Sunday, August 22, 2010

That Which Is, Isn't


















While the computer age may have connected us all, it's mostly a cold, distant connection of silence that was formerly a place of conversation and penmanship. I accept it because I must, and because it is the way of things now, but sitting here on a Saturday night pondering the digital divide doesn't make me feel any closer to crossing it. In the old days, I wrote real letters to friends, or I made phone calls and actually talked with them. I made road trips to see people, even though I don't remember really having the money or time to do so. I had pen-pals in Europe and savored the long wait between letters, cherished the moment I saw "por avion" in my mailbox and the subsequent revelation of their words that had come so far to find me. I remember each of those times as if I held a precious treasure. They're all gone now, but not the memories, and not without a feeling of loss.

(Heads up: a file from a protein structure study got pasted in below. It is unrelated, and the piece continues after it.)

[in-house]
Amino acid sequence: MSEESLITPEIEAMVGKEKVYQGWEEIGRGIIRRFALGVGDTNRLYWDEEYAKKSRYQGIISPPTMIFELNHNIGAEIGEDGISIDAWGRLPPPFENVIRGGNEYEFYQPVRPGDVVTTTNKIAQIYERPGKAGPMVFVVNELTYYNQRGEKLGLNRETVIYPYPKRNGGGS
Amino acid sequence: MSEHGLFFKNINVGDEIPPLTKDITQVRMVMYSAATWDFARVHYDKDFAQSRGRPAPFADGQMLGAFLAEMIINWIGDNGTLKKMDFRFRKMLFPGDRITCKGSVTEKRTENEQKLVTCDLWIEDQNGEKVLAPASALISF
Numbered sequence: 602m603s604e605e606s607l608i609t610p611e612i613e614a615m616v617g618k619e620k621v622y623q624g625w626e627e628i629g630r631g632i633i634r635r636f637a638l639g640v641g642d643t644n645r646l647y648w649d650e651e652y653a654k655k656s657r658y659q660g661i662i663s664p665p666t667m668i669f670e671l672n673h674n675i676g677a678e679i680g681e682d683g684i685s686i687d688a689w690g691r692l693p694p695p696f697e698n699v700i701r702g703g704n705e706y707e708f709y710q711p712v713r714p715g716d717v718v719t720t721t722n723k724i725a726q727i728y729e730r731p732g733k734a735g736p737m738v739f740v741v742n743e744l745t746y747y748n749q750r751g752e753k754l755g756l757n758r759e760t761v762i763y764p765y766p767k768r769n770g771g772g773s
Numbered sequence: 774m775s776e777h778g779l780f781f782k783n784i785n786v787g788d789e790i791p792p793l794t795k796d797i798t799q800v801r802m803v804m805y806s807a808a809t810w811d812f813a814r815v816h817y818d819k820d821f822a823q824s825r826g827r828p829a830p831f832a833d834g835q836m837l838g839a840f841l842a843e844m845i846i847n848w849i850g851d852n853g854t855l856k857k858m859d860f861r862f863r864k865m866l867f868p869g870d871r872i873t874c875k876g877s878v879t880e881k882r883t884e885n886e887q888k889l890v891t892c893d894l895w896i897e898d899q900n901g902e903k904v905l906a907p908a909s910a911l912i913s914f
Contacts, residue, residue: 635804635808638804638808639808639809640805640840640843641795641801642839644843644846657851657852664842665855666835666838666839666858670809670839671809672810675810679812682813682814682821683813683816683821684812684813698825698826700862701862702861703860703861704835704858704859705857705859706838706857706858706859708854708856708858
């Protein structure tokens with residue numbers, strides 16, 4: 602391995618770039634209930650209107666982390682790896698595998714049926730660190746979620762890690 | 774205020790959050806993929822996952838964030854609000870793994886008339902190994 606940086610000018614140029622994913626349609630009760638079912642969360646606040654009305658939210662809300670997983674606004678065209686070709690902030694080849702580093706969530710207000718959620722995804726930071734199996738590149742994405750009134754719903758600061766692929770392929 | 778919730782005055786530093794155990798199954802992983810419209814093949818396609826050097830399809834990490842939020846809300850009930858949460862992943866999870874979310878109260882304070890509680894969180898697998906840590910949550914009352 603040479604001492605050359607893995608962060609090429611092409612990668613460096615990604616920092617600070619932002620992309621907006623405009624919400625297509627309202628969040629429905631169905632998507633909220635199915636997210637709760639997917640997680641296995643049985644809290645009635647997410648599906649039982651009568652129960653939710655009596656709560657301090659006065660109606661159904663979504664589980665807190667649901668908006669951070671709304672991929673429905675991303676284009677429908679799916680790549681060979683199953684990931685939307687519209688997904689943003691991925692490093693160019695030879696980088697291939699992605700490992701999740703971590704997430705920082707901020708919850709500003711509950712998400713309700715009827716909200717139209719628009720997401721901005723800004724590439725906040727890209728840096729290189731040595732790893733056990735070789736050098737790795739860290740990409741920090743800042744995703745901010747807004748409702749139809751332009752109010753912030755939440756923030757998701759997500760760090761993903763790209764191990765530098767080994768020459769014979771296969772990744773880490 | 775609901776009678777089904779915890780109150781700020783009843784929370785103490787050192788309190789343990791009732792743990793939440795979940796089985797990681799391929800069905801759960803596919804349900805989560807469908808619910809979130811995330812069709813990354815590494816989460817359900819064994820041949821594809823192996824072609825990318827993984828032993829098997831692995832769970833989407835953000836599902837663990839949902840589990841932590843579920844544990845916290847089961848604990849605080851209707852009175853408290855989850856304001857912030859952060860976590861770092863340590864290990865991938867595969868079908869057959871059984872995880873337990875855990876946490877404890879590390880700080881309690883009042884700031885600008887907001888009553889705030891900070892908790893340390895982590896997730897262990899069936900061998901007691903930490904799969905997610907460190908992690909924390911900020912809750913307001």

Despite things back then being slower, real communication was more frequent, its quality better and more meaningful. Now everything has to be planned days, months, or years in advance, with scarcely a word in between. We live on drops of water where once there was an ocean. It seems like the only time left anymore is reserved somewhere beyond death. So what exactly have we connected to, beyond the mirage of being connected? Not each other as flesh and blood people, not as friends or family that go places and do things together, but to words on a screen, mere symbols of the humans we used to be. Driven inexorably deeper into the age of the impersonal, I still see what we left behind. In a world where everything is linked, we've all been torn apart.